It has been pointed out to me that the EHRC is limited in what it can do. I would be happy to discuss that with you in detail but I do not accept that position. The UK seems to have a lot to say about alleged Human Rights abuses committed by other countries. 10,000 deaths whilst being subjected to unreasonable mental strain in my opinion is a human rights abuse, but the EHRC is quiet on that? Somebody has to stand up for what is right and what is fair. I am saddened that this does not appear to be one of the roles of the EHRC.

In conclusion, it appears to me that your strategy of making strategic interventions after the event is flawed. By allowing, without significant protest or legal challenge, the UK Government to introduce laws that when exercised tend to deny Human Rights to the UK population, you seem to be accepting that the only way you can protect Human Rights is after they have been violated.

Do you not agree that is too late?

Yours sincerely,

Ian M Jones

2. The EHRC's response to my initial query.

Sent by Email

Our Ref: NS184

29 October 2013

Dear Mr Jones,

Subject: Response to Email Dated 02.10.13

Thank you for your email of the 02 October 2013, in which you raise your concerns about:

1.   The continuing involvement of Lord Holmes as a Commissioner.
2.   The Commission’s role in monitoring UNCRPD.
3.   The Commission’s failure to campaign for the UNCRPD to be incorporated into UK Law
4.   The Commission’s work and perception of Work capability Assessment.

1. As a severely head injured disabled person I would like to protest in the strongest terms about the continuing involvement of Lord Holmes as Disability Commissioner. I believe it totally improper for anybody with a political allegiance to be in this position. Your treatment of disabled people may well be prejudiced by any political bias your disability commissioner displays.

The Code of Conduct requires that Commissioners will provide knowledgeable, impartial and balanced perspectives on a range of sensitive and complex issues and will comply with the Board’s rules handling conflicts of interest.  It also includes the requirement “not use information gained in the course of their public service to promote their private interests, or those of connected persons, firms, businesses or other organisations”.

Commissioners who are peers are also covered by the Addison Rules, which state:

When issues affecting the EHRC arise in Parliament, the present Minister and Government of the day generally are alone responsible to Parliament.  This means that the Commission cannot use the peer to influence Parliament, other than through the formally recognised channels.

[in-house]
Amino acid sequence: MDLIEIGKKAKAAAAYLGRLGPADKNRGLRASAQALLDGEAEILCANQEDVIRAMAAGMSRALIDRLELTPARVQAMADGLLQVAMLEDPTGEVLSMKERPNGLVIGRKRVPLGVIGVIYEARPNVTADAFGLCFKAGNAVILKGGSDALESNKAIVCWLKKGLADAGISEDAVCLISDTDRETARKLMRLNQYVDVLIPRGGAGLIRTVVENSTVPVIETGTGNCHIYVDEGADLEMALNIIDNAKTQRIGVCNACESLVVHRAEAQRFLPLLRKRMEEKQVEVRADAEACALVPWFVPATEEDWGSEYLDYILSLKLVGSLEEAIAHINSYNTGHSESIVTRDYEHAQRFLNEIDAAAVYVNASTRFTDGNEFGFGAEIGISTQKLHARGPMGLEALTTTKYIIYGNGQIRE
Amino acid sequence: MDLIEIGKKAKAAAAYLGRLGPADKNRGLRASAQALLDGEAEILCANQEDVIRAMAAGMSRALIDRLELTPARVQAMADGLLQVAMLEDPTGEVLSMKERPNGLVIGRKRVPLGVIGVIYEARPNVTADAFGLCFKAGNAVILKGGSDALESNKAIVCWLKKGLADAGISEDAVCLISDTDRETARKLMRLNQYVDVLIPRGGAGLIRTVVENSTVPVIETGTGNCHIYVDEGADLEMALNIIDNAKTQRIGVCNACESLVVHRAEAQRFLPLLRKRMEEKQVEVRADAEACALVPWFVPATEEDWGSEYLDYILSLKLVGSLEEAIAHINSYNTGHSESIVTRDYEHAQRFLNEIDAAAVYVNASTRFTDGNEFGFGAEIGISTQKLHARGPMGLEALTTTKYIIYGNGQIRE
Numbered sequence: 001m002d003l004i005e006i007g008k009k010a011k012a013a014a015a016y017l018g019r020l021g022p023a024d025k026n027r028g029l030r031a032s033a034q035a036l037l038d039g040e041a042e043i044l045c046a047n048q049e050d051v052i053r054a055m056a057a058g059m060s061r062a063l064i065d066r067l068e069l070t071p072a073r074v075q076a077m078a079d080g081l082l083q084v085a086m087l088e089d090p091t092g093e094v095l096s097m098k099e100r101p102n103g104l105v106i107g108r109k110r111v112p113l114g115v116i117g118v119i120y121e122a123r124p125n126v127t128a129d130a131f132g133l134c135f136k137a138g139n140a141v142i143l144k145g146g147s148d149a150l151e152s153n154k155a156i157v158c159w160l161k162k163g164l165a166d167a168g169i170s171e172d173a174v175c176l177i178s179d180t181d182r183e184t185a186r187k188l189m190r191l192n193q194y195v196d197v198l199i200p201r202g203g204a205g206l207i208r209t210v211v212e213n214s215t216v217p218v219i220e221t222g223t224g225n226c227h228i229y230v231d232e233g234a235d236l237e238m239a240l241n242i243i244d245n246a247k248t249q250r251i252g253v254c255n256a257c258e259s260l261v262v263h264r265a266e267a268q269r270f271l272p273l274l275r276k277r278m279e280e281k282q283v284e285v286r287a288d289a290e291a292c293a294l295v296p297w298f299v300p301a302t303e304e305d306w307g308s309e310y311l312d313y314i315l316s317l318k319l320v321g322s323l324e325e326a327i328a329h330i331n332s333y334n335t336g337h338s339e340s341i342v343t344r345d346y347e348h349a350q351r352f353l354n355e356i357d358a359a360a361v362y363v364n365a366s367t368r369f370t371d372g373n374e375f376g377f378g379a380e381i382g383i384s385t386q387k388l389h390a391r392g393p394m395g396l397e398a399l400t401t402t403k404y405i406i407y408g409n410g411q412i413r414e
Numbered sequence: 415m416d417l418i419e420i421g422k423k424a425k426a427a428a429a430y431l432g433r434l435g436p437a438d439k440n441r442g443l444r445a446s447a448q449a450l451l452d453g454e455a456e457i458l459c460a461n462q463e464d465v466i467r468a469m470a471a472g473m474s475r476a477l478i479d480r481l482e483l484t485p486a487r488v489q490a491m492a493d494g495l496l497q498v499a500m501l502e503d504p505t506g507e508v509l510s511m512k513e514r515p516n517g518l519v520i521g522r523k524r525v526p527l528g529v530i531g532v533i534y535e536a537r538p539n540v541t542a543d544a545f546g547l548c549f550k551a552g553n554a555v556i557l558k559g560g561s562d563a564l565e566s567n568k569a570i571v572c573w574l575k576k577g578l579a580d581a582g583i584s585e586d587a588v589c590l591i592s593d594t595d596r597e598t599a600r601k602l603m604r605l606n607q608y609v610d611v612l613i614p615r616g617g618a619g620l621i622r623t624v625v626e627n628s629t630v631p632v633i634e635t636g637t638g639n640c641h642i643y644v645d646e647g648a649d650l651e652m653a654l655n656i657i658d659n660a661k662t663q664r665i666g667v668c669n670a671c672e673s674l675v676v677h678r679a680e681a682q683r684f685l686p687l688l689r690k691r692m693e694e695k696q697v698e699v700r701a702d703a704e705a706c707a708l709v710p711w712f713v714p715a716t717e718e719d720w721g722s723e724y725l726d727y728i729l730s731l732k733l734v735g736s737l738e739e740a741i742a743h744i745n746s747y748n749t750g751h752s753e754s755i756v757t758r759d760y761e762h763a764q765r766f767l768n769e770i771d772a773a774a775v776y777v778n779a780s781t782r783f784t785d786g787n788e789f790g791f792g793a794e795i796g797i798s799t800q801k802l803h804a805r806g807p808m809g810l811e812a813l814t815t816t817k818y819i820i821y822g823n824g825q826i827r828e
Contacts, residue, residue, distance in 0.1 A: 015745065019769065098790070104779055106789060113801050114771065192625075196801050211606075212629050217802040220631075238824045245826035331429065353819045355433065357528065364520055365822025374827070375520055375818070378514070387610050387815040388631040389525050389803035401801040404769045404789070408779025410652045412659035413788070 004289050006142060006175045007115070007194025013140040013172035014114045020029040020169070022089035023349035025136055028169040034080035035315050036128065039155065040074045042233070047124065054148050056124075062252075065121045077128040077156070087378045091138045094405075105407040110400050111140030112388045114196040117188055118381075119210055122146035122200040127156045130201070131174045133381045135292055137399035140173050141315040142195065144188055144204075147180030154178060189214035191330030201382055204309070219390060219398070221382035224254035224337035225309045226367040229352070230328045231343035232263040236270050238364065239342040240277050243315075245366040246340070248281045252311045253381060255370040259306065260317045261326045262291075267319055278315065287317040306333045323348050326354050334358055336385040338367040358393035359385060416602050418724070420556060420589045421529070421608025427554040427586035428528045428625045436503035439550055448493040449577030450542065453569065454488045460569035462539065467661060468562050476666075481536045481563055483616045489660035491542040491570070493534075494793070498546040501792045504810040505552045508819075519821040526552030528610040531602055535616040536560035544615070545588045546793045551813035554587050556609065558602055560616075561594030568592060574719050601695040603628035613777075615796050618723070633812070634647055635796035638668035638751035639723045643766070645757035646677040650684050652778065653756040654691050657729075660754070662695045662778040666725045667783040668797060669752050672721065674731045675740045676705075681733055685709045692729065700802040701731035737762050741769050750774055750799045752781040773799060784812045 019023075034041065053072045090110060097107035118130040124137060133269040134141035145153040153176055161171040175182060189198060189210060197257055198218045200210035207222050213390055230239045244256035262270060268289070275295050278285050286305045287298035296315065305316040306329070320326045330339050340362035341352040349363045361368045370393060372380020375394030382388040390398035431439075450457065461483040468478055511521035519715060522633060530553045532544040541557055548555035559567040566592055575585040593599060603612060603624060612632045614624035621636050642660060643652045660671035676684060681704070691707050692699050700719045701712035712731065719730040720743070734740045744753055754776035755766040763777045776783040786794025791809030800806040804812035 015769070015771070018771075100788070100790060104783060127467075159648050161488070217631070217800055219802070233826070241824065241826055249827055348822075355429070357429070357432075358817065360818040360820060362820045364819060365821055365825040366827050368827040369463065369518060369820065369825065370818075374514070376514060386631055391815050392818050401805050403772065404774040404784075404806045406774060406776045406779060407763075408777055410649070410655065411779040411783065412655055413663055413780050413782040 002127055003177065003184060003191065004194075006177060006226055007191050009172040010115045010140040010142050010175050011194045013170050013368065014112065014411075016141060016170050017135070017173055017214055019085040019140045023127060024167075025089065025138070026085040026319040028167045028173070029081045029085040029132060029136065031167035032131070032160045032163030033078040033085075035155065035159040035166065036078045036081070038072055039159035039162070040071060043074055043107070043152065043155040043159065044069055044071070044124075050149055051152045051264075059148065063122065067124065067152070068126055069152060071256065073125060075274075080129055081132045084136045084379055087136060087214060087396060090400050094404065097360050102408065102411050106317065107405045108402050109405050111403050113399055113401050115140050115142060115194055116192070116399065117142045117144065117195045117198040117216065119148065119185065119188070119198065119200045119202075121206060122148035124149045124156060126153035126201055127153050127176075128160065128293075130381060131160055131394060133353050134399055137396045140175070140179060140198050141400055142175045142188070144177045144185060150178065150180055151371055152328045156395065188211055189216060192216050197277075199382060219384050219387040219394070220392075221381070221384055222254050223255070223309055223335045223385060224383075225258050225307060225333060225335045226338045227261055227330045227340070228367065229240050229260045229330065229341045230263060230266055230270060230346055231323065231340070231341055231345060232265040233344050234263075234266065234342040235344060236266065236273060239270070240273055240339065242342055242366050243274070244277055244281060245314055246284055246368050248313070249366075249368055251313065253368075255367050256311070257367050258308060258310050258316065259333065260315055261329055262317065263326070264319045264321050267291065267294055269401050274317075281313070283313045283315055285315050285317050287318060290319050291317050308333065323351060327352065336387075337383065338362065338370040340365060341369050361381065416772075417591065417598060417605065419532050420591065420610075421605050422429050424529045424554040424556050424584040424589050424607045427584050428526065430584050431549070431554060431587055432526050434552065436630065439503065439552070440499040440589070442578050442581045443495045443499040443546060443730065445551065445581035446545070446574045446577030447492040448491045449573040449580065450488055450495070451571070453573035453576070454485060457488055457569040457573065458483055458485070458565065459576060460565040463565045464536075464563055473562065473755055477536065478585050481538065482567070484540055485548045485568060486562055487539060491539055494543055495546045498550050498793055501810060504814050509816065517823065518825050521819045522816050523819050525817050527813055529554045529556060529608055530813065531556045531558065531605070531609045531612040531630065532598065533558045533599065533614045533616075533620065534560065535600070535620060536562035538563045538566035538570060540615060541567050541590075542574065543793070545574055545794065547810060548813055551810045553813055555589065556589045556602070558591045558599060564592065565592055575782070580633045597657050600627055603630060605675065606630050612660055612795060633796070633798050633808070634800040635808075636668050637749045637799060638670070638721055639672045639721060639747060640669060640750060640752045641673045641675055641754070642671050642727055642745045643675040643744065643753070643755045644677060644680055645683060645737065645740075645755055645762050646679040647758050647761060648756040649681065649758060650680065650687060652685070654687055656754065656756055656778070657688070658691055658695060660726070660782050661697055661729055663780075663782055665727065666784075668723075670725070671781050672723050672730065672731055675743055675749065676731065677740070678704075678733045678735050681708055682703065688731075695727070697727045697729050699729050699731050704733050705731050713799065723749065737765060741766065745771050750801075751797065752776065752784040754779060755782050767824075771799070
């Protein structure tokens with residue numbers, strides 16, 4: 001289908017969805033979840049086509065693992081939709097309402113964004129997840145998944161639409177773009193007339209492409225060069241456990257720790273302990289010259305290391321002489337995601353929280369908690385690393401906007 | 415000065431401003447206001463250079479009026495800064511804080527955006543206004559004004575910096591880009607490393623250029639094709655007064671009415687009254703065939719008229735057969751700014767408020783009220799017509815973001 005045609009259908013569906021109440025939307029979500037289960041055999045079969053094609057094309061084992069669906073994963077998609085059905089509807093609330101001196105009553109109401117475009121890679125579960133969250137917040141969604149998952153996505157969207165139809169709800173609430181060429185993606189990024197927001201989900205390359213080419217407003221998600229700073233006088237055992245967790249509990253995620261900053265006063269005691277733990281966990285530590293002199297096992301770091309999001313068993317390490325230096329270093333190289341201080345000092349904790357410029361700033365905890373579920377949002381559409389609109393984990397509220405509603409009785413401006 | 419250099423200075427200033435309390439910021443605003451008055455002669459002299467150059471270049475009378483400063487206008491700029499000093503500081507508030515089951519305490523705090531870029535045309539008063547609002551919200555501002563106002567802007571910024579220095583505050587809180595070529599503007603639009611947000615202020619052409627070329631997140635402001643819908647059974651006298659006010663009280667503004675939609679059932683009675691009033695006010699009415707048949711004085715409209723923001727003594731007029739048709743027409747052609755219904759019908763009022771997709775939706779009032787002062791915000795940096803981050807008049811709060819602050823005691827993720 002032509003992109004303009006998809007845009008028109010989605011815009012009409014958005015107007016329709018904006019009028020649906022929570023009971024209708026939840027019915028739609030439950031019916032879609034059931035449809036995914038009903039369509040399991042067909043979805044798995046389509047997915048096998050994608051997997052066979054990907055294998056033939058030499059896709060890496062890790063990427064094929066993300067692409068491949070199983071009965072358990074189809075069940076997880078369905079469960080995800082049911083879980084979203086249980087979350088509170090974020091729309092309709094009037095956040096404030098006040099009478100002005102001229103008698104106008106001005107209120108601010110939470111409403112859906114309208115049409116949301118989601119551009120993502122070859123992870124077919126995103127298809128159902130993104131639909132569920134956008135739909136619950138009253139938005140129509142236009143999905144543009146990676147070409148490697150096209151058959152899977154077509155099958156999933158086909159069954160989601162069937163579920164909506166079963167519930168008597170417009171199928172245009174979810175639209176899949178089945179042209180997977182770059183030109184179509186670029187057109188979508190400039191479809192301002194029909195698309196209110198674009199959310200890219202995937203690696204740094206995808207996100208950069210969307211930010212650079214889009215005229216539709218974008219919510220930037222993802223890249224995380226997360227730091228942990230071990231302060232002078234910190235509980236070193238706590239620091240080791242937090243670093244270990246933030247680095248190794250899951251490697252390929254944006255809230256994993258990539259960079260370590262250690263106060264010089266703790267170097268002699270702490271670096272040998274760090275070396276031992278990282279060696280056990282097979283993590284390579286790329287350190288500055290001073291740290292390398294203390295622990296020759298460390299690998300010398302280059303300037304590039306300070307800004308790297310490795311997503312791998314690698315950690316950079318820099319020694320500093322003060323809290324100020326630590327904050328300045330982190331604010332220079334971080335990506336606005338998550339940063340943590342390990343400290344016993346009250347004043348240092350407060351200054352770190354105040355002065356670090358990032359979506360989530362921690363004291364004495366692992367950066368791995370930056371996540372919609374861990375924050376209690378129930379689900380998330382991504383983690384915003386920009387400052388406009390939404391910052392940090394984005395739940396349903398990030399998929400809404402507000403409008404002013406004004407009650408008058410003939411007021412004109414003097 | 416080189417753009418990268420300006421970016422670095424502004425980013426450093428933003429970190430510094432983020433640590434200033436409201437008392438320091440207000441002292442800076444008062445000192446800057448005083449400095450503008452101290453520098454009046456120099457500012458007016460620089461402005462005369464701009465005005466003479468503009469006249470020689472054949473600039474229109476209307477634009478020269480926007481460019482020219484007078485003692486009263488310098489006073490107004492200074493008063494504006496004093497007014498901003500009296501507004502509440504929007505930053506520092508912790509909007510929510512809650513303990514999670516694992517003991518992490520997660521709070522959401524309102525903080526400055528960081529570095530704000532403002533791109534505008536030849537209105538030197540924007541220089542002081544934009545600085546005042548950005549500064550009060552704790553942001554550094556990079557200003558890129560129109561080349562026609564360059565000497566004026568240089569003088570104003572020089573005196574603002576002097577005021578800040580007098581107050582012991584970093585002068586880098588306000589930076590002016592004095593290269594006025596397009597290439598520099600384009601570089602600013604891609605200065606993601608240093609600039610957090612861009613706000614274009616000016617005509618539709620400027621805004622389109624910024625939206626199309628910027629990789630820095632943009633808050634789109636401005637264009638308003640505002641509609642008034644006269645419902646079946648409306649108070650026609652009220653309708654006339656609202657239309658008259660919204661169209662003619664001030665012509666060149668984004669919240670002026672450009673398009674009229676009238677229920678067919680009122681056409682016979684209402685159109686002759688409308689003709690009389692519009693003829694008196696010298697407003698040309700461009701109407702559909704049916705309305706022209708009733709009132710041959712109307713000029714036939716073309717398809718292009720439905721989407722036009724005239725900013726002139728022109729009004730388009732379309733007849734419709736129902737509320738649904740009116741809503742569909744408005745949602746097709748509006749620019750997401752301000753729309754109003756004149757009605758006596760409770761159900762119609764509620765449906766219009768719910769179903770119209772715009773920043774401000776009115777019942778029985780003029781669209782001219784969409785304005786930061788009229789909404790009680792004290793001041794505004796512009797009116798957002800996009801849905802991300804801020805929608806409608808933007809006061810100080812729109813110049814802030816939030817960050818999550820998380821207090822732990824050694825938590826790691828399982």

Equally, as laid out in the Statutes, Boards are free to conduct their day to day administration without the intervention of Parliament or Ministers, except where otherwise provided. If Commissioners were to divulge the day to day operations of the Commission, then they would be in breach of this the Statutes.

There is no duty on the Commissioner to answer questions put to him during debate in Parliament, which means that the Commissioner can abstain from a Parliamentary or Commission discussion if the following should arise:

a.   A ‘conflict of interest’: involves a conflict between the public duty and private interests of a public appointee, in which the public appointee has private-capacity interests which could improperly influence the performance of their official duties and responsibilities.

b.   An apparent or perceived conflict of interest:  Where it appears that a public official’s private interests could improperly influence the performance of their duties but this is not in fact the case.

c.   A potential conflict of interest: arises where a public official has private interests which are such that a conflict of interest would arise if the official were to become involved in relevant (i.e. conflicting) official responsibilities in the future.

In considering whether a conflict of interest may exist, the Commission would consider: “Does the issue create (whether actual or perceived by a fair-minded person) an incentive for the member to act in a way that may not be in the best interests of the Commission?”

However, it should be noted that the identification of a ‘conflict of interest’ does not mean that corruption or some other abuse of public office has or will occur.

In the majority of cases, a declaration of interest, and abstaining from the issue at hand would be considered sufficient, unless it was felt that the frequency, at which the Commissioner had to abstain from discussions or decisions, significantly impaired their ability to fulfil their role.

The Commission’s Governance Framework is available on the Commission’s website at:

2. The UNCRPD has been marginalised by not being written into UK Law. The UN have had to send in a Special Rapporteur, Raquel Rolnik to point out problems with the bedroom tax (66% of those affected by it have a disabled family member) but I haven't heard any comment from Lord Holmes or the EHRC on this subject. It appears to me the UN are having to monitor the implementation of the UNCRPD because Lord Holmes is refusing to! Do you have any comment on this?

The Commission is active in monitoring the harmonisation and implementation of English and Welsh (and GB wide) law and policy with CRPD, and does this separately and independently of the UN who also have the duty to monitor the convention through the UN Committee on the Rights of Persons with Disabilities.

Accordingly, we are gathering intelligence from a wide range of academic, statistical and legal sources and asking the views of disabled people and their organisations so we can identify key issues, supported by a strong evidence base. This is so we can compile a list of issues with our partners in the UK Independent Monitoring mechanism of CRPD (these are the Scottish Human Rights Commission, the Equality Commission for Northern Ireland and the Northern Ireland Human Rights Commission) to put to the UN Committee when it commences its examination of the UK in 2014.